In my view, Devon Energy’s financial health is also in great shape. Therefore, the company can use excess cash for buying back shares, instead of debt reduction. In my previous article, I wrote that Wall Street will sharpen its focus on financial health in 2020, particularly if oil prices stay weak. I highlighted Pioneer Natural Resources (PXD) as the shale oil driller with the strongest balance sheet in the industry. Although Devon Energy carries higher levels of debt than Pioneer Natural Resources, the former’s balance sheet is still better than many other E&P companies.

At the end of the third quarter, Devon Energy carried a total of $4.295 billion of debt. This translates into a debt-to-equity ratio of 65.6% and a debt-to-EBITDA (ttm) ratio of 1.25, as per data from YCharts and Seeking Alpha Essential. The debt-to-equity ratio is higher than the large-cap peer median of 55.1% but the debt-to-EBITDA is lower than the peer median of 1.66x. The debt isn’t too high, particularly since it is backed by strong levels of earnings (EBITDA).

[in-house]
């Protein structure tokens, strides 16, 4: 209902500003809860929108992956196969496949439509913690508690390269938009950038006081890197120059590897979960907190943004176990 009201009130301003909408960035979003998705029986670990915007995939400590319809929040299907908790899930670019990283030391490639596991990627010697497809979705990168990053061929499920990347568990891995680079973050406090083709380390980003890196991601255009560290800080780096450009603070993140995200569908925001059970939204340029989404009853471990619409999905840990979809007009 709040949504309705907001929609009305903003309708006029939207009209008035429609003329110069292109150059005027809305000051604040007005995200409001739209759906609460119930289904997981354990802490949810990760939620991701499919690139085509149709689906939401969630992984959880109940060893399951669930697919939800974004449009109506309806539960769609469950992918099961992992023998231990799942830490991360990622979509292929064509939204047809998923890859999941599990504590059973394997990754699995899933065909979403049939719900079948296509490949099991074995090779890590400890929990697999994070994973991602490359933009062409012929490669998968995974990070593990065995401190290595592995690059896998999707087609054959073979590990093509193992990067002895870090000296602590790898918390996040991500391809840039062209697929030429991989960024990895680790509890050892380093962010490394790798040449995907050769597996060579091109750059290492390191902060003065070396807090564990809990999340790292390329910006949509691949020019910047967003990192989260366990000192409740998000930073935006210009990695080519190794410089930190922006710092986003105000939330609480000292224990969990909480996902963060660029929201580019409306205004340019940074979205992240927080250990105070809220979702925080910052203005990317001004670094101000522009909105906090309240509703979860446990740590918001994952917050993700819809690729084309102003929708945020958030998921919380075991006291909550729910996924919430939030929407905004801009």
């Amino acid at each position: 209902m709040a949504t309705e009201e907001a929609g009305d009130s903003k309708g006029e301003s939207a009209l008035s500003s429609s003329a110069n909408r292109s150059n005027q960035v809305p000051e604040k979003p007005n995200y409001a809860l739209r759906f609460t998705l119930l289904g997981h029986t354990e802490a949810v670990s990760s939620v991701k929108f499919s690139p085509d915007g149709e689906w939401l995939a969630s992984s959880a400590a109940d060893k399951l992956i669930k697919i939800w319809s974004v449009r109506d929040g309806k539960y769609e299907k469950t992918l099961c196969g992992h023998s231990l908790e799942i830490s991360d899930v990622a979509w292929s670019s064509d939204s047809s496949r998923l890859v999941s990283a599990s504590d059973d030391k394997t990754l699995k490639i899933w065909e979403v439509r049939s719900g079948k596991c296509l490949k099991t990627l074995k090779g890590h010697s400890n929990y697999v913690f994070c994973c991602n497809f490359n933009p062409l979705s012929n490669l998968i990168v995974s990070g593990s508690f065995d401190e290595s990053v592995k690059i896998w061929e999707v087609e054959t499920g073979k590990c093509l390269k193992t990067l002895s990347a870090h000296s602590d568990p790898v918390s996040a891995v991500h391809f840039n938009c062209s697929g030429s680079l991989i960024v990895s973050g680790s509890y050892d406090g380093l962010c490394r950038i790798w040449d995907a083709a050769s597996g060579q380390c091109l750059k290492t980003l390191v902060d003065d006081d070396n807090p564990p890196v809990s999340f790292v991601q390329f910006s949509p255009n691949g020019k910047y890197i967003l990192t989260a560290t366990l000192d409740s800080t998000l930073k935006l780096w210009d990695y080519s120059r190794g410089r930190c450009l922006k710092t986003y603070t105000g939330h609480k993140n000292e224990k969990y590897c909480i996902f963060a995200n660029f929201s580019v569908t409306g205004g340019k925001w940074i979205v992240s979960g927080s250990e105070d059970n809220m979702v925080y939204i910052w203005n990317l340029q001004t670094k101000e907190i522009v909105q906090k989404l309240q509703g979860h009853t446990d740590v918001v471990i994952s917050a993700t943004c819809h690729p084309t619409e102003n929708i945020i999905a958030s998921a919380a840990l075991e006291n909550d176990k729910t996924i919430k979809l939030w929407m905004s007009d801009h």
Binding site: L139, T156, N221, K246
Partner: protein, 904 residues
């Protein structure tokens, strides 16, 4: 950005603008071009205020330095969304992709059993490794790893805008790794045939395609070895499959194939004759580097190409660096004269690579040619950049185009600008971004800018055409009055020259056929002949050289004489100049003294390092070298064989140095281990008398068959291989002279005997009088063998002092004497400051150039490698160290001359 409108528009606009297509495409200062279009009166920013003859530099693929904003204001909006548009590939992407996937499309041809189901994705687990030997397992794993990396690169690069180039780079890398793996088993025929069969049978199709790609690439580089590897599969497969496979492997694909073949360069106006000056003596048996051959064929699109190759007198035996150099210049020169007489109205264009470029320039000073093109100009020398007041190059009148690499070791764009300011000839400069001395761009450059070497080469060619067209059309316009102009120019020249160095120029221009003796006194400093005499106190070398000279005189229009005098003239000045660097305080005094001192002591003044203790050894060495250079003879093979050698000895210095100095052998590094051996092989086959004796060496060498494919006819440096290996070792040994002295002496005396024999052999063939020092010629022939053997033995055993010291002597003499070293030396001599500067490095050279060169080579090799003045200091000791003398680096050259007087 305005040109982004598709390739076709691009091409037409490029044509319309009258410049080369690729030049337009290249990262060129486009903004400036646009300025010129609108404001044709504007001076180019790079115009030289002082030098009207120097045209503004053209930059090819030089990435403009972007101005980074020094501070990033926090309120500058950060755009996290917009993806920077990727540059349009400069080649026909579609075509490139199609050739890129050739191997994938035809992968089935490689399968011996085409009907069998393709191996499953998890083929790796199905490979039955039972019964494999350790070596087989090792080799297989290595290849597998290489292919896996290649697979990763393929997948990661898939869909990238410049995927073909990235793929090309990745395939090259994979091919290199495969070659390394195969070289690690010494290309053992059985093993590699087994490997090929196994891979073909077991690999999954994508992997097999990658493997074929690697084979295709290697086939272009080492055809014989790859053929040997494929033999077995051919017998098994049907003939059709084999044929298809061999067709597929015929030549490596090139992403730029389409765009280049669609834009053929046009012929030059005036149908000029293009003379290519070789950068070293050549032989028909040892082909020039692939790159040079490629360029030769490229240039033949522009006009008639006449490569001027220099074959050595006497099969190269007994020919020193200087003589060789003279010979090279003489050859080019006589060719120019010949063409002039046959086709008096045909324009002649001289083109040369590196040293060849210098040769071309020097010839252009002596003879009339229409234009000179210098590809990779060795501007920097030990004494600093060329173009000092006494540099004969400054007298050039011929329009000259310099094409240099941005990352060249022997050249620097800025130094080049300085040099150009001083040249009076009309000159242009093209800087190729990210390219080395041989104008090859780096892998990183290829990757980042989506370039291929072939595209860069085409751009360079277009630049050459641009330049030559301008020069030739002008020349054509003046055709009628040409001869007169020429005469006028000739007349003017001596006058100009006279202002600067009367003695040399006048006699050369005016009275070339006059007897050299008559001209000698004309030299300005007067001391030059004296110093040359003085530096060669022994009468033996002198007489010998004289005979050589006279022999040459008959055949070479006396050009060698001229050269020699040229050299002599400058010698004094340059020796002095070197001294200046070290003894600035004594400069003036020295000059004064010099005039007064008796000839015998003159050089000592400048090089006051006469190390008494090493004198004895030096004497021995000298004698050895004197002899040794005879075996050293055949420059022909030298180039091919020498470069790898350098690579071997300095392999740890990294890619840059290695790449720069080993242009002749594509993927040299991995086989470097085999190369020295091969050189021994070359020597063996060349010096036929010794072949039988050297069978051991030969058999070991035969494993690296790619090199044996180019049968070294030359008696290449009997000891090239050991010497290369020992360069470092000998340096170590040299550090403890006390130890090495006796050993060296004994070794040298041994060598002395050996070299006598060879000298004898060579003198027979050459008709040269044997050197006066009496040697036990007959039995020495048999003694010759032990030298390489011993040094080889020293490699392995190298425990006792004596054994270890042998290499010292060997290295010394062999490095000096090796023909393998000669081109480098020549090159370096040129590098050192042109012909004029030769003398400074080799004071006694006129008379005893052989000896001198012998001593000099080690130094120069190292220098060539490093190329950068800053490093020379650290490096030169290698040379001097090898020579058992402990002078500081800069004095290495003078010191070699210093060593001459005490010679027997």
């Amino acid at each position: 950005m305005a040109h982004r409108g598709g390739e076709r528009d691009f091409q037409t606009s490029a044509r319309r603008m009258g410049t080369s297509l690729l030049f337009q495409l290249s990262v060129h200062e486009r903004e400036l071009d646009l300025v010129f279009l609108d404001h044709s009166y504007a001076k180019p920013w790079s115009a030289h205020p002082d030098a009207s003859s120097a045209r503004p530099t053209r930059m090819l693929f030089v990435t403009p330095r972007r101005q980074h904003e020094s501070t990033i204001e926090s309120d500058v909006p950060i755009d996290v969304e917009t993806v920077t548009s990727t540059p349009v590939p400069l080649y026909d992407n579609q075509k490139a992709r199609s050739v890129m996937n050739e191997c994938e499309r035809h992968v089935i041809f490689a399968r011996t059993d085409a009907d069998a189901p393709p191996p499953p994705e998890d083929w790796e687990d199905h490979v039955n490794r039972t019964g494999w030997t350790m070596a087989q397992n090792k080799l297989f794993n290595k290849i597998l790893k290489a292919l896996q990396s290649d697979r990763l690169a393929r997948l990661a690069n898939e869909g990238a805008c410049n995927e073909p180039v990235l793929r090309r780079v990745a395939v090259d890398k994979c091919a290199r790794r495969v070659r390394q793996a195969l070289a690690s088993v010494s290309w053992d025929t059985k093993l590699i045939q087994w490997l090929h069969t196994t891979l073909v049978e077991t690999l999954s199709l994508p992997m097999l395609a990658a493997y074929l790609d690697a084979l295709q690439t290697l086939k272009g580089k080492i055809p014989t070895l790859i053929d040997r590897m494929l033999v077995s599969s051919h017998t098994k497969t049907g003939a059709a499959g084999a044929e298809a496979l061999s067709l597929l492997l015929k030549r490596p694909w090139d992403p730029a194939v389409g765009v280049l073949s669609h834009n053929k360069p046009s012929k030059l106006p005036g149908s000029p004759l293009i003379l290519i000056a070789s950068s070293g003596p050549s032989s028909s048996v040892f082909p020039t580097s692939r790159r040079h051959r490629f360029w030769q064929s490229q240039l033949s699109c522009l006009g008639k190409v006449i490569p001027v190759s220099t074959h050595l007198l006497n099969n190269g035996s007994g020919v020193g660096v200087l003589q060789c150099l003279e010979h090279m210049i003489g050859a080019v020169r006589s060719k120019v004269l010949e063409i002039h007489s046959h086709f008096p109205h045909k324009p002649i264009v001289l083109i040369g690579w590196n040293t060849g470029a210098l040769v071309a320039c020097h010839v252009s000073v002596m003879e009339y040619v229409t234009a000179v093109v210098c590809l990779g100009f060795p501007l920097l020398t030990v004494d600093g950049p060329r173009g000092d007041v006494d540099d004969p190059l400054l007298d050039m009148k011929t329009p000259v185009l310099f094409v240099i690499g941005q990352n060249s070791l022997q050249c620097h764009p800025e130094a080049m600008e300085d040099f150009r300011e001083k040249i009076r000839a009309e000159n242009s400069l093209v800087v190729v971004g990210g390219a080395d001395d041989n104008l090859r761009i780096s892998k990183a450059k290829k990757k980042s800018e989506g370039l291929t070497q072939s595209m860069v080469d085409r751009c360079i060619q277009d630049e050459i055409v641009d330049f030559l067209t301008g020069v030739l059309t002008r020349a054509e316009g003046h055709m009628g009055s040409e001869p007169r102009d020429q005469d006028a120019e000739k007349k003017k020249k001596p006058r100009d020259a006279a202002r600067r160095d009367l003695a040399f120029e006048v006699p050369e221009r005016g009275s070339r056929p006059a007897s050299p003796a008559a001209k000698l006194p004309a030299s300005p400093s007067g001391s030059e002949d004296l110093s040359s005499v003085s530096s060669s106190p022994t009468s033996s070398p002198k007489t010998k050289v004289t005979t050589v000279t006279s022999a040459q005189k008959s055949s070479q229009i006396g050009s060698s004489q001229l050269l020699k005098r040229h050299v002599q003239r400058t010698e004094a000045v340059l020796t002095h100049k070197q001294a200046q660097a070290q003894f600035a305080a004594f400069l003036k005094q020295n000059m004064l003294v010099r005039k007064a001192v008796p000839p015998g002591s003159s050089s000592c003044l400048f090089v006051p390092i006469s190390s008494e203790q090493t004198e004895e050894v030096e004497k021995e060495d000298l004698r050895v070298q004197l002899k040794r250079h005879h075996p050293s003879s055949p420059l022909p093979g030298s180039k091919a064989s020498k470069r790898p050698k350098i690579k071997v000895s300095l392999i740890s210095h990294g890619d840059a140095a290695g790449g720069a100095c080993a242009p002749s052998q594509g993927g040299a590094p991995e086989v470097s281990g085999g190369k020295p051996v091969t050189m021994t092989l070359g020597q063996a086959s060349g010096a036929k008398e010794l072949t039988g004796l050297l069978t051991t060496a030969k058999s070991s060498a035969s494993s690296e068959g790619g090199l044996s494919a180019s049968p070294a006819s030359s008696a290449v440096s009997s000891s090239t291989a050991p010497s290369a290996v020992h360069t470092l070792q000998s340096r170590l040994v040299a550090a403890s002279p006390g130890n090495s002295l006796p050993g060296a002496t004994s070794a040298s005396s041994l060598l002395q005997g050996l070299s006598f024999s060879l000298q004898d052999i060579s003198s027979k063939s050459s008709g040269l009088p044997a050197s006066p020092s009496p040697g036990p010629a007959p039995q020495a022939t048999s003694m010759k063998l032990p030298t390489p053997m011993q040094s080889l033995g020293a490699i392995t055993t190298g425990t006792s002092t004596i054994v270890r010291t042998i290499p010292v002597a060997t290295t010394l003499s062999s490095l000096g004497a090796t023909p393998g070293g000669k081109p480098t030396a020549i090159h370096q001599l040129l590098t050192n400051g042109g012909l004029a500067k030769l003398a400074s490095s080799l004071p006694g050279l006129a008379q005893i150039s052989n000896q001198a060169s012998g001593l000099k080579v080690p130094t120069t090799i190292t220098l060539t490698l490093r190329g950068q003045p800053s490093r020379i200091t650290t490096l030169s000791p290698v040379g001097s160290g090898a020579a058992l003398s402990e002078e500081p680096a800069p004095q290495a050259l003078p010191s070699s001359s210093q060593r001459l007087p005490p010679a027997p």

Additionally, Devon Energy also has a favorable debt maturity profile, with no significant debt (>$500Mn) retiring in the next decade. Its earliest maturing debt relates to 5.85% notes of $485 million due on December 15, 2025. A vast majority of the company’s debt becomes due after mid-2031. This includes the 7.875% notes of $675 million due on September 30, 2031, 7.95% notes of $1.25 billion due on July 15, 2041, 4.75% notes of $750 million due on May 15, 2042, and 5% notes of $750 million due on June 15, 2045.

On top of this, Devon Energy also benefits from having robust liquidity which can help meet any short-term funding requirements. At the end of the third quarter, the company had $4.7 billion of liquidity which included $1.7 billion of cash and $3 billion available under the revolving credit facility.

But the great thing about Devon Energy is that it generates free cash flows and will likely deliver strong levels of excess cash in the future. It doesn’t rely on debt or cash reserves to fund its operations. In fact, the company could further increase its liquidity in the future as it continues to generate free cash flows. The free cash flows can be used to reward shareholders as dividends and buybacks. The excess cash can also help the company meet its debt obligations.